Nick Estes: Land, Law, and Learning
As a new assistant professor in the Department of American Indian Studies, Nick Estes aims to demonstrate the autonomy of his discipline and further enrich its intellectual tradition. His work incorporates law, policy, social justice, and oral history to think critically about the colonial contexts that shape the experiences of Indigenous peoples in the US. Estes speaks about what sparked his specialized interests and studies, the course he is teaching this spring, and his work in the community.
What role do you have at the University of Minnesota? What brought you here?
The University of Minnesota has the oldest American Indian studies department in the United States. I joined the department as an assistant professor because of its longstanding commitment to the field and because UMN is within the territories of the Oceti Sakowin, and is therefore in a unique position to serve Indigenous nations and students.
What are your areas of specialty?
My research and teaching focuses on Oceti Sakowin studies, federal Indian law and policy, Indigenous internationalism, environmental and social justice, US settler colonialism and imperialism, and Indigenous oral histories.
How did you become interested in what you study and teach?
A series of earthen-rolled dams flooded Lakota and Dakota homelands along the Mni Sose (Missouri River) in the mid-twentieth century, displacing about a third of reservation-based populations and forever destroying our lifeways in the river bottomlands. The project was called the Pick-Sloan Plan, which worked in tandem with federal Indian policy of termination and relocation. The history of twentieth-century Indigenous land dispossession inspired me to think critically about how much federal policy shaped the life of my family from the Lower Brule Sioux Tribe, where I'm enrolled.
That research created the backdrop for understanding modern struggles over Mni Sose and water within Oceti Sakowin territory, such as the movement led by the Standing Rock Sioux Tribe against the Dakota Access Pipeline in 2016. I published two books: Our History Is the Future: Standing Rock versus the Dakota Access Pipeline, and the Long Tradition of Indigenous Resistance (Verso, 2019) and Standing with Standing Rock: Voices of the #NoDAPL Movement (University of Minnesota Press, 2019), which was co-edited with Jaskiran Dhillon.
What courses are you currently teaching or looking forward to teaching soon? What's special about them?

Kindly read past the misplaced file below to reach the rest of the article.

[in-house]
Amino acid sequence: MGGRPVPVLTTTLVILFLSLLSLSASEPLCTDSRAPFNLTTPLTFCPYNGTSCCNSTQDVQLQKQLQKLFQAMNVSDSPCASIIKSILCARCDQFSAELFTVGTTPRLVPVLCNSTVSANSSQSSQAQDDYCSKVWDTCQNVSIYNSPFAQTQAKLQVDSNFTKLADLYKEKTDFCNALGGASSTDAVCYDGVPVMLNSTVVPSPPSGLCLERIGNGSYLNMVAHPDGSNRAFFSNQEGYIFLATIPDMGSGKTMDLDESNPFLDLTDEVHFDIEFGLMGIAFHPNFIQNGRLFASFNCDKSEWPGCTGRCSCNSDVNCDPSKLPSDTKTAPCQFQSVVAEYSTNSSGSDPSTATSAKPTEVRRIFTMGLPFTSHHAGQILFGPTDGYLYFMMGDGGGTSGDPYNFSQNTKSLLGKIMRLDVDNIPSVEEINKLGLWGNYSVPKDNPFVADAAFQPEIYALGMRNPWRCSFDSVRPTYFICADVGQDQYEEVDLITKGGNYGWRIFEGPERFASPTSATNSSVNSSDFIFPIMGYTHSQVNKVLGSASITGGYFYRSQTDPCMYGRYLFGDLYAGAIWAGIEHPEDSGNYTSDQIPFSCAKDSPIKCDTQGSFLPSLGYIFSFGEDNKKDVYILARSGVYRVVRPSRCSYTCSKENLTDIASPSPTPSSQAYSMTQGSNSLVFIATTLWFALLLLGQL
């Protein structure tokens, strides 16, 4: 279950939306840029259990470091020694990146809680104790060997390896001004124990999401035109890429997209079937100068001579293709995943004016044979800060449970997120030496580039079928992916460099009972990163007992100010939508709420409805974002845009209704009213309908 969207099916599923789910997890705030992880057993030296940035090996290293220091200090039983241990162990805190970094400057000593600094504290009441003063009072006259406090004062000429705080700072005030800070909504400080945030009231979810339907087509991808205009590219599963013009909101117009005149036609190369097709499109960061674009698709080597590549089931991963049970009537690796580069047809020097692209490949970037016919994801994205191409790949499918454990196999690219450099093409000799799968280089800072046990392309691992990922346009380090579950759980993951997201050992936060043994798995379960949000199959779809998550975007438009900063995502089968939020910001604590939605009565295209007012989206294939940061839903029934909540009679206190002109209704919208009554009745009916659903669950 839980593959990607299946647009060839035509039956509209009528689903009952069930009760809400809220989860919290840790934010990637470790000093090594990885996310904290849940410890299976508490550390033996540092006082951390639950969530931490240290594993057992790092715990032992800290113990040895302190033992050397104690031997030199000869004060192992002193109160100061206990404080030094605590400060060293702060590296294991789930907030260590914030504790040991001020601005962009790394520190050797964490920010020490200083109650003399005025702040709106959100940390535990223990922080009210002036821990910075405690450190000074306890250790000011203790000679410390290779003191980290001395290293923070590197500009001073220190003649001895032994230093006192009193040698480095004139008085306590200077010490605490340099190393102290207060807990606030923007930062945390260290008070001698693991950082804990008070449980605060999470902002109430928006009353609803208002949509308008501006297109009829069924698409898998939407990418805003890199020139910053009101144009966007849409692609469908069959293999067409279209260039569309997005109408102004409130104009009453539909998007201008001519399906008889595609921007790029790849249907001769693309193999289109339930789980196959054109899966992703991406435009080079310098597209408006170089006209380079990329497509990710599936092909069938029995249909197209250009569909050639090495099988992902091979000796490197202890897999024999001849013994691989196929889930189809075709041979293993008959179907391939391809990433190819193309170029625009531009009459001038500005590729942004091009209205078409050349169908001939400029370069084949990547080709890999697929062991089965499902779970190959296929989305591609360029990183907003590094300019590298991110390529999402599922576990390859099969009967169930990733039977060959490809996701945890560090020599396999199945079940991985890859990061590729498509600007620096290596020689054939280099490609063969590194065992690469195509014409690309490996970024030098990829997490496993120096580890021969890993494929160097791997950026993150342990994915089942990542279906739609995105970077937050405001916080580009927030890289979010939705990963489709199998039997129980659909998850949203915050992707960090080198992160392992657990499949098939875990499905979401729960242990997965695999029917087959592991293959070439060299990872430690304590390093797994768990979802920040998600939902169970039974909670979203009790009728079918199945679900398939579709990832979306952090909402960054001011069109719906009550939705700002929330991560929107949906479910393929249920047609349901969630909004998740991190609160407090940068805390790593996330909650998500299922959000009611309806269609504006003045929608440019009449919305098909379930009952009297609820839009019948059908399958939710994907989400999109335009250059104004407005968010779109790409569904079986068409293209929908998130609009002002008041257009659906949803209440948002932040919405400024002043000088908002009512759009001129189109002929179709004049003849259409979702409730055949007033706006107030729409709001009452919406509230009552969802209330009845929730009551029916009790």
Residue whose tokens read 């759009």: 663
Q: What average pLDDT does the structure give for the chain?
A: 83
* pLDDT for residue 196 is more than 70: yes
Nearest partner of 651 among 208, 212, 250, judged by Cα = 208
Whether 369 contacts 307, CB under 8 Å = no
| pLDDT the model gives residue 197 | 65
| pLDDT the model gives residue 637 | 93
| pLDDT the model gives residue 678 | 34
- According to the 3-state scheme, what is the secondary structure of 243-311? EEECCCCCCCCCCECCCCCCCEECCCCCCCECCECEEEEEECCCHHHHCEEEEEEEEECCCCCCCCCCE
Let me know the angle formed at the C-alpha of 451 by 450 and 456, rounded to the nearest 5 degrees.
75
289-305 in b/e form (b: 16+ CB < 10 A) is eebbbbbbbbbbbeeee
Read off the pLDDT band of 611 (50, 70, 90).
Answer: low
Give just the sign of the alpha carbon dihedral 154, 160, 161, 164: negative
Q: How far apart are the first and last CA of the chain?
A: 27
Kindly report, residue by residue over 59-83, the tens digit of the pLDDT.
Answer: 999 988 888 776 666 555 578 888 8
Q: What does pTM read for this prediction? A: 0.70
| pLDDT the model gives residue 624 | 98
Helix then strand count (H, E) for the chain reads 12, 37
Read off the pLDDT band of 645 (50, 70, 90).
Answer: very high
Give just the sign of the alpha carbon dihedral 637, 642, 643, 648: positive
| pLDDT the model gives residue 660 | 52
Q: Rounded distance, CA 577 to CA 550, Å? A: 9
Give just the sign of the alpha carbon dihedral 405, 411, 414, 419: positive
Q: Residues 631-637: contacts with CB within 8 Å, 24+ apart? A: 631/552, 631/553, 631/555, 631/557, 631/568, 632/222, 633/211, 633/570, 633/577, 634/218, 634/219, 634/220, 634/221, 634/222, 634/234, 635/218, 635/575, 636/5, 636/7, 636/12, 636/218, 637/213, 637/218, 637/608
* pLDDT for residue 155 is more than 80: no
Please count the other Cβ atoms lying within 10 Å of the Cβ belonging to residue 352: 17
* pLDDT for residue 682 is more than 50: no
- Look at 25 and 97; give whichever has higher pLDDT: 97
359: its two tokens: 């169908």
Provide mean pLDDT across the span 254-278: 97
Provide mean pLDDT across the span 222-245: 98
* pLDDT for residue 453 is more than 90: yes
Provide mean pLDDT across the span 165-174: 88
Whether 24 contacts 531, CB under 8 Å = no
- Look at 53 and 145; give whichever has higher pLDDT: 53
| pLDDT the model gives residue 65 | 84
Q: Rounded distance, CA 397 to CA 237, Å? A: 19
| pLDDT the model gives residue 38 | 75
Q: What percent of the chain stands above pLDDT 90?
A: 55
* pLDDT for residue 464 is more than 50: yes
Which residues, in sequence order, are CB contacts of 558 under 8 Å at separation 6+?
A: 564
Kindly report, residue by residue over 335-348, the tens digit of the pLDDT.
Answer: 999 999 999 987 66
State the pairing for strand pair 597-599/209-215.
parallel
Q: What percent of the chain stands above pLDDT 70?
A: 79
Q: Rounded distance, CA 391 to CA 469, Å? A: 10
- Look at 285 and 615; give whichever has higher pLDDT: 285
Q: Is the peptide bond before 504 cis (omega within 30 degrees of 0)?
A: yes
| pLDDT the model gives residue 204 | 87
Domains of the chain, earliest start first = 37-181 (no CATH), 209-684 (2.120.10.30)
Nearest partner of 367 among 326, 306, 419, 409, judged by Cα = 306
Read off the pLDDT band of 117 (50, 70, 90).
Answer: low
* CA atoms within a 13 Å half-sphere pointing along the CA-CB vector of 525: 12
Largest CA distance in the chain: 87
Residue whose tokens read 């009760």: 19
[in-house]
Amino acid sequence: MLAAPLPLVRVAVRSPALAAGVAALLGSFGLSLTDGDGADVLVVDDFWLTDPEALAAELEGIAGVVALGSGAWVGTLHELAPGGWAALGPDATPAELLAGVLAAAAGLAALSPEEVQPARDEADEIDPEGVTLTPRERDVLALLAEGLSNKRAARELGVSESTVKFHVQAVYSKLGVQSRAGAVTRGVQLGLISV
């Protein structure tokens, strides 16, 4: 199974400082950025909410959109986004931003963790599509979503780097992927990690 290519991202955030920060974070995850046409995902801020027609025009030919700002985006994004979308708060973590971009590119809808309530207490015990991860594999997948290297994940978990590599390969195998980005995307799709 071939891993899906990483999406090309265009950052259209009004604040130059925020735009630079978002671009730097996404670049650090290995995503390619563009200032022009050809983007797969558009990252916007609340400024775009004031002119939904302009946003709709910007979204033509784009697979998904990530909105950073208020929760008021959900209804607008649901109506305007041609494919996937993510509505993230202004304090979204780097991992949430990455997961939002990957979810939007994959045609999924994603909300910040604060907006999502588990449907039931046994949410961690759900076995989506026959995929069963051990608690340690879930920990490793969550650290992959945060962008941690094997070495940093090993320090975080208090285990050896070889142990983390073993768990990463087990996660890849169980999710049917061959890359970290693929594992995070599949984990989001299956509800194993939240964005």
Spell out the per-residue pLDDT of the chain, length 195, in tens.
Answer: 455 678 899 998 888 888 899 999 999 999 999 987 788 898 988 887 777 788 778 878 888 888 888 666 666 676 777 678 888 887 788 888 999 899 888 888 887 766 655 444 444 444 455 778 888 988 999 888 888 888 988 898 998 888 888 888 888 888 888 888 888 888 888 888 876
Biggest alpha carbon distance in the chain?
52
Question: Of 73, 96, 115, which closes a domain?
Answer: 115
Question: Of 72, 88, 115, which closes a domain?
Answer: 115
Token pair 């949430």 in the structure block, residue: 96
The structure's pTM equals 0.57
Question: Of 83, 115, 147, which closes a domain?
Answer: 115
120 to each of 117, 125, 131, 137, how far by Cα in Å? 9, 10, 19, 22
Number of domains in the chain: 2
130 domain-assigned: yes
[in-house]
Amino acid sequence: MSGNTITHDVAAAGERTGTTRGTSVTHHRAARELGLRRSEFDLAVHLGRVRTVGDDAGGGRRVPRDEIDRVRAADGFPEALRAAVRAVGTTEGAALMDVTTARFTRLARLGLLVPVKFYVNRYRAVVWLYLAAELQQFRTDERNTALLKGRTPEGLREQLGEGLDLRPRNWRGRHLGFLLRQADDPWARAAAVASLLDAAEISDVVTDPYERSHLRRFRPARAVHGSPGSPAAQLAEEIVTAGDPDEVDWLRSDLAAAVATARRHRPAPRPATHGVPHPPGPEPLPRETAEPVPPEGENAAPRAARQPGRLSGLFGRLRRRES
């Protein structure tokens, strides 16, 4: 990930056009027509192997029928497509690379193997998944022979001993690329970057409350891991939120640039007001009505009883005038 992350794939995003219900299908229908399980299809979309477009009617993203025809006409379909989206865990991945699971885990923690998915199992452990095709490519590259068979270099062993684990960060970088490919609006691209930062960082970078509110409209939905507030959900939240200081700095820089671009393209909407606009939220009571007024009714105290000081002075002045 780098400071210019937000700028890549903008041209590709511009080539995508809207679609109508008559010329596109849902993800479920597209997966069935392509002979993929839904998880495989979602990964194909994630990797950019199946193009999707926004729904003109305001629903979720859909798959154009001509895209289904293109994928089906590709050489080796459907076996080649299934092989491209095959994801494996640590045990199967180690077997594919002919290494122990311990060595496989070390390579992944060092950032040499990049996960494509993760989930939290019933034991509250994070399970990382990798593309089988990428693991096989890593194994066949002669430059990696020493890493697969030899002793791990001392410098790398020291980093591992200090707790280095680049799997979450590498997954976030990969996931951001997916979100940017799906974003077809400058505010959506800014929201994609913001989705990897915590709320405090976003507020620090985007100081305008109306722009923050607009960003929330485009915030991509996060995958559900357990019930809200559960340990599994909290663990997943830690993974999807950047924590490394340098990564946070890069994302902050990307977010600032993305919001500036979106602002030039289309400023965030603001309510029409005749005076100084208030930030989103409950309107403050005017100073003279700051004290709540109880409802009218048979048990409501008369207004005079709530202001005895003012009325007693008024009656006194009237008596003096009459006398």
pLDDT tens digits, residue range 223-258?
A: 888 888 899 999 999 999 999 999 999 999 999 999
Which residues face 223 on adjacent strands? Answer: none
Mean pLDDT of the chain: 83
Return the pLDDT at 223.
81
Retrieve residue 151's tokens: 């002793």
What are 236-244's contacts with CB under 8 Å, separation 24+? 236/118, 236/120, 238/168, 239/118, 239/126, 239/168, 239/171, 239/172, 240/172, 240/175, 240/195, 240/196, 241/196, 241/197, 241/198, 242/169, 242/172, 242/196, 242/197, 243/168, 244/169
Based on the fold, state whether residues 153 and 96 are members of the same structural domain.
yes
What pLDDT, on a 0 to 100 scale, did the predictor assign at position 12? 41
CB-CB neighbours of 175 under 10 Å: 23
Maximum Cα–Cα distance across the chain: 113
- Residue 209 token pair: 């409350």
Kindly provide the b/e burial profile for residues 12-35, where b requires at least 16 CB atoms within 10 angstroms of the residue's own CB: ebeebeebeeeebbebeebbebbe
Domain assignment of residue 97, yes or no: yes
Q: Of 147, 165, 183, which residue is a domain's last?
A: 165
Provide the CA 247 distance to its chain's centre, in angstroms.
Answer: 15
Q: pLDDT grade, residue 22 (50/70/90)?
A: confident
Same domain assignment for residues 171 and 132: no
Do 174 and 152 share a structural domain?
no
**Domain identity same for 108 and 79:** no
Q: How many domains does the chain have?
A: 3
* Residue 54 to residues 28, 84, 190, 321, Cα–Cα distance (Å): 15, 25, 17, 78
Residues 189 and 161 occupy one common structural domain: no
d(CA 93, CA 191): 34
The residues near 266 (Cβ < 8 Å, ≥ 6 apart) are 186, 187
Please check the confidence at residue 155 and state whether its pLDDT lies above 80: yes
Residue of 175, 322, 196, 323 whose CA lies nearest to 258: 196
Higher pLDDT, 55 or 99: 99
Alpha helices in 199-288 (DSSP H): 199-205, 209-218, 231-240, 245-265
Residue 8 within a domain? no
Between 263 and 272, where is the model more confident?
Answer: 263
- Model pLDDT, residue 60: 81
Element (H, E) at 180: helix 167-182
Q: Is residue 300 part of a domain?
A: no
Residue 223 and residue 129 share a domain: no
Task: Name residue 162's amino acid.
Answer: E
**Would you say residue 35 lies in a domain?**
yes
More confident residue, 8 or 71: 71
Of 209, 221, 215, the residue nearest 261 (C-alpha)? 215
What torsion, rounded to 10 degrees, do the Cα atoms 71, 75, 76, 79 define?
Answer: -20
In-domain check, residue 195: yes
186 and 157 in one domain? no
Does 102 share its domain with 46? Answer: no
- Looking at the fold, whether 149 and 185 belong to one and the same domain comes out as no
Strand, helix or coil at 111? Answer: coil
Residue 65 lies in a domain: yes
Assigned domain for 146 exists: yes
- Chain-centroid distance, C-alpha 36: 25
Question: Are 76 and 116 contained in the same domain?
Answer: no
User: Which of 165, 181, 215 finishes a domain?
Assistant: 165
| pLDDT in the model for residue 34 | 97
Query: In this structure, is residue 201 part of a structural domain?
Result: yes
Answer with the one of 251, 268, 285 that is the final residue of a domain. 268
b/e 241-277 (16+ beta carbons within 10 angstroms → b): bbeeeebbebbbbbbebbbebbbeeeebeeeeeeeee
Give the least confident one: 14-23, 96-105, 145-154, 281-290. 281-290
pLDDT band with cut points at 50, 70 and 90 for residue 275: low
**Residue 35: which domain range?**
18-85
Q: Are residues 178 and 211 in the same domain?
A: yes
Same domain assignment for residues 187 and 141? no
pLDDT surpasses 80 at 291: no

For the spring 2023 semester, I'm teaching AMIN 4501 Law, Sovereignty, and Treaty Rights. My approach in this course is to place Indigenous diplomacy, treaty making, and sovereignty as existing prior to and alongside colonizing nations like the United States. In this course, we will also put Indigenous treaties and legal frameworks within domestic and international colonial contexts.
What are some of the big takeaways students will get from your courses?
My goal is to show that American Indian studies is a stand-alone discipline. Much like the disciplines of history or economics, one can interpret the world from a certain vantage point using certain research methodologies to answer pressing questions facing society that are developed within their respective fields. American Indian studies is no different.
The topics I teach, such as Indigenous treaties, for example, are not just problems facing Indigenous people. The United States and its citizens have a constitutional obligation to uphold their international agreements with sovereign Indigenous nations. That perspective tells a much more robust story about the political authority of Indigenous nations historically and presently.
What are you most excited about right now?
Across Turtle Island, there is a growing interest in American Indian and Indigenous studies. It's amazing to see the growth of the field, especially the cutting-edge research coming from graduate students. UMN has a unique opportunity to expand its support and further cultivate the intellectual tradition of the oldest American Indian studies department in the United States, especially in relation to the land upon which the institution sits: Mni Sota Makoce.
Are you involved with any community-engaged projects/courses? Who are you partnering with and what are you learning and doing?
I'm currently the lead editor for Red Media, an Indigenous-run community media project that publishes books, podcasts, and video documentaries. We're working with the Oceti Sakowin Writers Society (formerly the Oak Lake Writers' Society) to publish books by community-based writers and have created a podcast series about the Oceti Sakowin literary tradition. Red Media podcasts have been taught in high school and college classrooms and have received recognition from The New York Times, CNN, and Al-Jazeera.